The next time you listen to the Rolling Stones song ‘Midnight Rambler’ know that it was about Albert.

As Mick Jagger belts out, “I’m a-talkin’ ’bout the midnight rambler, everybody got to go. Well I’m a-talkin’ ‘bout the midnight gambler, the one you never seen before” I want you to think of this Lessons Learned.

Albert from Chelsea MA.

Albert had a wife and two kids. He also had anger issues. He learned some skills while in the military, but none that made him as much money as being a “hood.” Burglaries and stealing cars seemed much more lucrative than a steady Monday through Friday 9 to 5.

Remember, two kids to feed.

His crib was in Chelsea, only 15 minutes to Boston. All you had to do was cross the Mystic River. Chelsea is the smallest city in Massachusetts. A beautiful, quiet bedroom community, Chelsea’s heyday happened 245 years ago when revolutionary war general George Washington chose Chelsea for his base while his army fought the Siege of Boston.

His mother and father (Charlotte and Frank) battled like the network stars. Frank often beat Charlotte. Many times, in front of Albert. Police records note that Frank was a violent man and an alcoholic. He knocked Charlotte’s teeth out during one domestic. In another, he seated Albert in a kitchen chair and bent Charlotte’s fingers back until they broke. He made Albert watch as she screamed and writhed in pain.

Albert was a hood because it suited him. He had no parental supervision, no structure, no time to be home, or an alarm clock with which to wake up. Albert was a bedwetter and an animal abuser. He came to the attention of the cops early for torturing animals and shoplifting. These are high on the FBI’s list of traits to look out for in serial killers and sociopaths.

Albert’s upbringing may have fanned the flames of his violent future, but they didn’t create them. Albert was a victim of his genes.

Albert did learn one thing from Frank DeSalvo, he learned that a beat-down now and again kept people in line. At 12 years old, Albert was arrested for assault and battery. After he beat down a teenager on the street, Albert went through his pockets, taking everything of value. The police added a charge of robbery and the pre-teen Albert was sent to a youth detention facility.

After he was out, he stole a few cars and fled from the police whenever chased. After one such fleeing and eluding Albert was captured, charged, and sent back to the youth home.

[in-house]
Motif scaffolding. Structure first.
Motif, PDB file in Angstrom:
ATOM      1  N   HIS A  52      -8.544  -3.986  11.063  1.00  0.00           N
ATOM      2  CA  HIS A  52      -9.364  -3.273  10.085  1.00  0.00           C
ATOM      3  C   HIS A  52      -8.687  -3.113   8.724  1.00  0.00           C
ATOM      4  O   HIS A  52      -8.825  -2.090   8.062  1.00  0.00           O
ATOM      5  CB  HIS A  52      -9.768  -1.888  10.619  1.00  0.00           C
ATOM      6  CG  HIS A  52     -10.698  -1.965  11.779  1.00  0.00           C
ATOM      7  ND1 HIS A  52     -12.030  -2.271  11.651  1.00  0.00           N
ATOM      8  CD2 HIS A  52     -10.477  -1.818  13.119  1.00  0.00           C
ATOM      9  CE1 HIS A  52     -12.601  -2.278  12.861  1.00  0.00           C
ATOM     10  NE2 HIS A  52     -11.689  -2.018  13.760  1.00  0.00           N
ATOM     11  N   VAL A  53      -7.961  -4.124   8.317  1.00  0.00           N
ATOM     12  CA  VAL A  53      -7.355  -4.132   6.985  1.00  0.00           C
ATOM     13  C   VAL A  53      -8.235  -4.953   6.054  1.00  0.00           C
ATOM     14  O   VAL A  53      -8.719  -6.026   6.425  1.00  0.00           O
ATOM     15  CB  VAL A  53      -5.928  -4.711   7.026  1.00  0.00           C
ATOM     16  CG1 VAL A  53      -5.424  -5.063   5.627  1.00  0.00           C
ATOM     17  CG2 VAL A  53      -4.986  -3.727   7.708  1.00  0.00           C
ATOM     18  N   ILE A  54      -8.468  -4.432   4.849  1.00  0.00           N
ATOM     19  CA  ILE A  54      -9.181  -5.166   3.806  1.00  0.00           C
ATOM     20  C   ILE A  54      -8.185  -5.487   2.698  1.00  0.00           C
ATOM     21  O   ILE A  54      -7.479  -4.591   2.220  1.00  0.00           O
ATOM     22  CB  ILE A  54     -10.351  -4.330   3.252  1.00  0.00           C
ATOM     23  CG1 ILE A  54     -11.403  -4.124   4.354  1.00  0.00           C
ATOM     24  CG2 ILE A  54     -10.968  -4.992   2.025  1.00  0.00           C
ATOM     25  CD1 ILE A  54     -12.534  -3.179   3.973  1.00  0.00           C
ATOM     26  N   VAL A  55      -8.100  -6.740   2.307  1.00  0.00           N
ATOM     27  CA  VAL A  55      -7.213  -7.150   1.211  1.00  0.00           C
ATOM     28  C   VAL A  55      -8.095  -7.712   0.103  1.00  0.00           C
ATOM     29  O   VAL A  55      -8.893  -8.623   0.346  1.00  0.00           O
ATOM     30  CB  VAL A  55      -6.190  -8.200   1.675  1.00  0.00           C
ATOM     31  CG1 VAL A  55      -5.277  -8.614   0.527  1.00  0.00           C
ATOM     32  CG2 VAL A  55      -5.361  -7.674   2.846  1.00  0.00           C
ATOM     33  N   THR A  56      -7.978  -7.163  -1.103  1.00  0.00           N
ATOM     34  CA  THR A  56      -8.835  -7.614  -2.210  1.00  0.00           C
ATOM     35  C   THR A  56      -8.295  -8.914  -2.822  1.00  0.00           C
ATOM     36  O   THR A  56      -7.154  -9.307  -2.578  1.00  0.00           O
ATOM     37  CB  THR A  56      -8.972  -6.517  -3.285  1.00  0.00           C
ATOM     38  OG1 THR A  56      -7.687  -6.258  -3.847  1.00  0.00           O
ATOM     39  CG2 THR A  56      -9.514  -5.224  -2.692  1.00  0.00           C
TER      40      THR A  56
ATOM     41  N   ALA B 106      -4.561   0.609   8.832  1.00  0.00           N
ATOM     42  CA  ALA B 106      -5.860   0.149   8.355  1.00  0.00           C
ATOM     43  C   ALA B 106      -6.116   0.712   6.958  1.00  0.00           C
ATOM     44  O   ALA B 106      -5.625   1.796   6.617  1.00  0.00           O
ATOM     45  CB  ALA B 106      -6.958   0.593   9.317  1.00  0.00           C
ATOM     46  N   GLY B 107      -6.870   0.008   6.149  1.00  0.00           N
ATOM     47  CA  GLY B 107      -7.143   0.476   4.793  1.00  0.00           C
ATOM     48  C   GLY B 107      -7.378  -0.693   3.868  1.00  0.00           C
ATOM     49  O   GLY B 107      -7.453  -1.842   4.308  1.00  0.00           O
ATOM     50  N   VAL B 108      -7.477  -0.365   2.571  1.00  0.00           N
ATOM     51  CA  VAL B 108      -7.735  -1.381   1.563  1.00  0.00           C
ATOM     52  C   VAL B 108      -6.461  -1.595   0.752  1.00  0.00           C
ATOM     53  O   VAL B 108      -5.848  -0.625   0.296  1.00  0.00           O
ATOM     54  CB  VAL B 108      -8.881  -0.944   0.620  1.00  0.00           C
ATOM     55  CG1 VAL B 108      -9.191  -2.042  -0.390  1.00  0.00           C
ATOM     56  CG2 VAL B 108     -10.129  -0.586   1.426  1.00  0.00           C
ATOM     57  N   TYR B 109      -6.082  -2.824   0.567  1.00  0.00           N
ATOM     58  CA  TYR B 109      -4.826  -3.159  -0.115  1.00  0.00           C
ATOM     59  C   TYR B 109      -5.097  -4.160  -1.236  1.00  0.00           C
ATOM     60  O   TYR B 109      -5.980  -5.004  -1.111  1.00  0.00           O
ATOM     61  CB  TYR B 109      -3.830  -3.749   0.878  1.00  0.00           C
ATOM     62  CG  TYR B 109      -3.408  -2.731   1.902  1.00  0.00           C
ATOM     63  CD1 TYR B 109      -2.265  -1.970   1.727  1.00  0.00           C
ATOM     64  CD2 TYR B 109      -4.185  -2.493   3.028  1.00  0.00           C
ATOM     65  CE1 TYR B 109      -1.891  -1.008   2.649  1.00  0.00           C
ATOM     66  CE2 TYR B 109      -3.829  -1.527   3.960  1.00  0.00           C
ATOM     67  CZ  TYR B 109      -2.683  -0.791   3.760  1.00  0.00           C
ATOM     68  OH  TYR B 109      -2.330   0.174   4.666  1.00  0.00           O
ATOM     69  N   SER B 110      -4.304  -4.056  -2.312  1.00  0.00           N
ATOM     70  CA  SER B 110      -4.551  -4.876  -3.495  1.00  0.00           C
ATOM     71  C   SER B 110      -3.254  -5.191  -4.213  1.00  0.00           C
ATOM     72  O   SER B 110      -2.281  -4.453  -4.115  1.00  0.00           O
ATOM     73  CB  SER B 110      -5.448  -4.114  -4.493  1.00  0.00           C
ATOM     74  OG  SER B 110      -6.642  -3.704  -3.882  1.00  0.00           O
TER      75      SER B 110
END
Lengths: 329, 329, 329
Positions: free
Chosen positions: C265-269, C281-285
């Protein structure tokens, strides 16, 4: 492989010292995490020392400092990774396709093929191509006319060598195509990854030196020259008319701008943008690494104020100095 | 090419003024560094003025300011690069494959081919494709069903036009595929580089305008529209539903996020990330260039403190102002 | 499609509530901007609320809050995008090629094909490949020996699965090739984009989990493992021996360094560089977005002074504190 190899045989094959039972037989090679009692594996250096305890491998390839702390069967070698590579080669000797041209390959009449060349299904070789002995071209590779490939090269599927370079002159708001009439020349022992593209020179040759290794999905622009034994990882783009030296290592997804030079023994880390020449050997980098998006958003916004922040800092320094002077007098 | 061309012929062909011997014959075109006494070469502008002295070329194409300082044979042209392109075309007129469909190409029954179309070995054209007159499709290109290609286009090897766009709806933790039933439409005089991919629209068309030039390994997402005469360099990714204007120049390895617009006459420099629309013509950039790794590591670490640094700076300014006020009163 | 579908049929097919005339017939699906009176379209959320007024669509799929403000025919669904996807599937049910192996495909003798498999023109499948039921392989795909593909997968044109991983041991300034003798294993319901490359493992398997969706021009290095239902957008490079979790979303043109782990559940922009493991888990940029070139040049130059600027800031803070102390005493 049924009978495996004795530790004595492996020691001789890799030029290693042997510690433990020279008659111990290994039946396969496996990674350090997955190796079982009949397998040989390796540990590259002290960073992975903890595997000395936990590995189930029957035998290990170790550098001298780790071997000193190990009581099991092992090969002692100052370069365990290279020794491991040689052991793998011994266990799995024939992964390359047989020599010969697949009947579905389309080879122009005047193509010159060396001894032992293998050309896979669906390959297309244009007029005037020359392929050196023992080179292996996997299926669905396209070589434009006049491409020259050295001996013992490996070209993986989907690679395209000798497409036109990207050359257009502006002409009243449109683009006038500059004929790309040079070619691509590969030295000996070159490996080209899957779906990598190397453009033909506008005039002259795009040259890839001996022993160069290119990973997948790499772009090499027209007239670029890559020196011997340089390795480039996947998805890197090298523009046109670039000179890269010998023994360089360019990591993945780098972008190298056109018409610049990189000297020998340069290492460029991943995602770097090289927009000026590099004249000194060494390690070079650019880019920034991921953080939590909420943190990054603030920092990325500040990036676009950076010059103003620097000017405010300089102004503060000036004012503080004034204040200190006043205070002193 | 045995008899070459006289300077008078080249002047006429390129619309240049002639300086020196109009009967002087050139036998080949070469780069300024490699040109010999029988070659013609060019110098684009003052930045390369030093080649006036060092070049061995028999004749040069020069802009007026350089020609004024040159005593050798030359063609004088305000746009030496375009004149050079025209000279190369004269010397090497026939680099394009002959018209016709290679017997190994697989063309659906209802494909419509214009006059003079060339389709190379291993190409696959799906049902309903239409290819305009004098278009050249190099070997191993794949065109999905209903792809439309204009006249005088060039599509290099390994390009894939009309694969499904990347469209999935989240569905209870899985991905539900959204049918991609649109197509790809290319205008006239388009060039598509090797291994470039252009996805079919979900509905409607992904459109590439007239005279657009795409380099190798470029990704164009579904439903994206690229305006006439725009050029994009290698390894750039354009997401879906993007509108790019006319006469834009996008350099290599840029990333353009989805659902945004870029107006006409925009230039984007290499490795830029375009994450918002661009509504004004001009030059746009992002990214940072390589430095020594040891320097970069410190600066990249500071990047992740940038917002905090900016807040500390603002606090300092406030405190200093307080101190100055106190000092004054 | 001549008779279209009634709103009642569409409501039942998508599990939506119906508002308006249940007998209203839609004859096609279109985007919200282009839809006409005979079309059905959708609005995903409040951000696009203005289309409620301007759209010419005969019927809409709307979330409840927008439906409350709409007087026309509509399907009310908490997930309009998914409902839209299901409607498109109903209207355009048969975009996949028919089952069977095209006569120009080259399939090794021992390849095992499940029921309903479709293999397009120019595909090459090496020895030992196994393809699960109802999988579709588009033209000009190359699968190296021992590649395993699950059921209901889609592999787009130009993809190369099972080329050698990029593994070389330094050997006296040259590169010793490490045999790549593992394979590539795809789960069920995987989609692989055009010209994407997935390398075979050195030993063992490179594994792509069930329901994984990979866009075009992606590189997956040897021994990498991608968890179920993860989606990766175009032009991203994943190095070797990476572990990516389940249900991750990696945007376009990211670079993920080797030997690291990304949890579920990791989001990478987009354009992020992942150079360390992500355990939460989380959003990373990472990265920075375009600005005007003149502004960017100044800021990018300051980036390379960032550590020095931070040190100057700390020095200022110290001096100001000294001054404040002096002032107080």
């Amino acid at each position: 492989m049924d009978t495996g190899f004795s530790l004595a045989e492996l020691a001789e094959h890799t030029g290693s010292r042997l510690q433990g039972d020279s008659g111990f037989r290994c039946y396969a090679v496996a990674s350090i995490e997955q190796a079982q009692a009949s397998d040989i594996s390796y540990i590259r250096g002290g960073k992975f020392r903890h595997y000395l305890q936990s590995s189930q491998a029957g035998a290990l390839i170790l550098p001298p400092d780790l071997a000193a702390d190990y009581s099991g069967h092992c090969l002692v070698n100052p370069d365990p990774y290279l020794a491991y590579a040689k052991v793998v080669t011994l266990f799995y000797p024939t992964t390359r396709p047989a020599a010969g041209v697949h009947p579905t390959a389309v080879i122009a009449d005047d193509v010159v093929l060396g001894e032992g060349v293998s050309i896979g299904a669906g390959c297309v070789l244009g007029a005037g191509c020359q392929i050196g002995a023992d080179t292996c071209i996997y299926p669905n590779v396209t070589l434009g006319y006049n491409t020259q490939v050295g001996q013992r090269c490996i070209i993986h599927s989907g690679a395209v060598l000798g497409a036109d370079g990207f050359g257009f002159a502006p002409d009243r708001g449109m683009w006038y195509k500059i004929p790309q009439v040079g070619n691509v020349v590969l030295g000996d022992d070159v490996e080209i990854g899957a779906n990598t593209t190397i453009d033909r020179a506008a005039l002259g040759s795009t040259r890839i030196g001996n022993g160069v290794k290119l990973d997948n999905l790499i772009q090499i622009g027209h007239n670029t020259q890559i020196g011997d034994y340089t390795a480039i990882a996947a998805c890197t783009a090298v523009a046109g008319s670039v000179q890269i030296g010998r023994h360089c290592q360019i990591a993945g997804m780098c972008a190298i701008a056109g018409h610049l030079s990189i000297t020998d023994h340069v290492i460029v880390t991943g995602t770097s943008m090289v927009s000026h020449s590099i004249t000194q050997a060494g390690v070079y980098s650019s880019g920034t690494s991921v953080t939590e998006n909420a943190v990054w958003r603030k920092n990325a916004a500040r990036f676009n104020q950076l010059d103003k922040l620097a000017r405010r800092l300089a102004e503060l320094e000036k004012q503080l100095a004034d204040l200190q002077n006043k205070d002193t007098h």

Albert was paroled at 13 and he went to work delivering groceries as a condition of his parole. Being a delivery boy wasn’t much of occupation for Albert, so he continued to steal from people, swipe cars, and beat people up during street robberies. Local law always caught up to Albert. Soon he was old enough to go to real jail and the option of jail or the military was thrust upon him.

Albert joined the Army. It’s hard to data-mine his military record during that time. All that remains now is an entry about his re-enlistment, his MOS (Military MP Sergeant with an Armored Cav unit), and the fact that although he was court-martialed, he was still honorably discharged.

When Albert got out, he couldn’t go back to Chelsea. He wanted to have nothing to do with that lifestyle or his parents, so he moved to Malden MA, just 15 minutes away. Albert was never more than 15 minutes from Boston or Chelsea except for his time in the Army.  In the next two years, Albert Henry DeSalvo committed dozens of violent rapes and murdered 13 women. DeSalvo was a master at hiding in plain sight and Tactical Patience. He learned both skills growing up in Chelsea and later in the military.


23 November 1963.

On the day of John F. Kennedy’s funeral, Albert DeSalvo stalked. Knowing that folks would be glued to their televisions, Albert drove around until he located the apartment building where Joann Graff, a recent graduate of the Chicago Art Institute and respected Sunday School teacher lived.

Albert had picked her out weeks ago and conducted loose surveillance of her up until 22 November when posing as a handyman, he got a neighbor to confirm her apartment number.

Albert knocked on her door, again posing as a handyman. This soft entry technique worked for his. He was a charmer and well-rehearsed. As Joann turned her back to go and turn down the television set, Albert slipped in, then sexually assaulted and murdered her.

31 December 1962.

Revelers were out and about, trying to find a place to be to ring in the New Year.

Albert had already done a ‘recce’ (reconnaissance) on 23-year-old Patricia Bissette. Albert knocked on her apartment door before midnight. When Bissette answered, Albert asked her about the location of a party and charmed himself into the threshold holding the door open with his shoulder. At first Bissette thought it was funny, then, after Albert forced his way in and grabbed her face to silence her, Bissette must have known that the situation had changed gravely.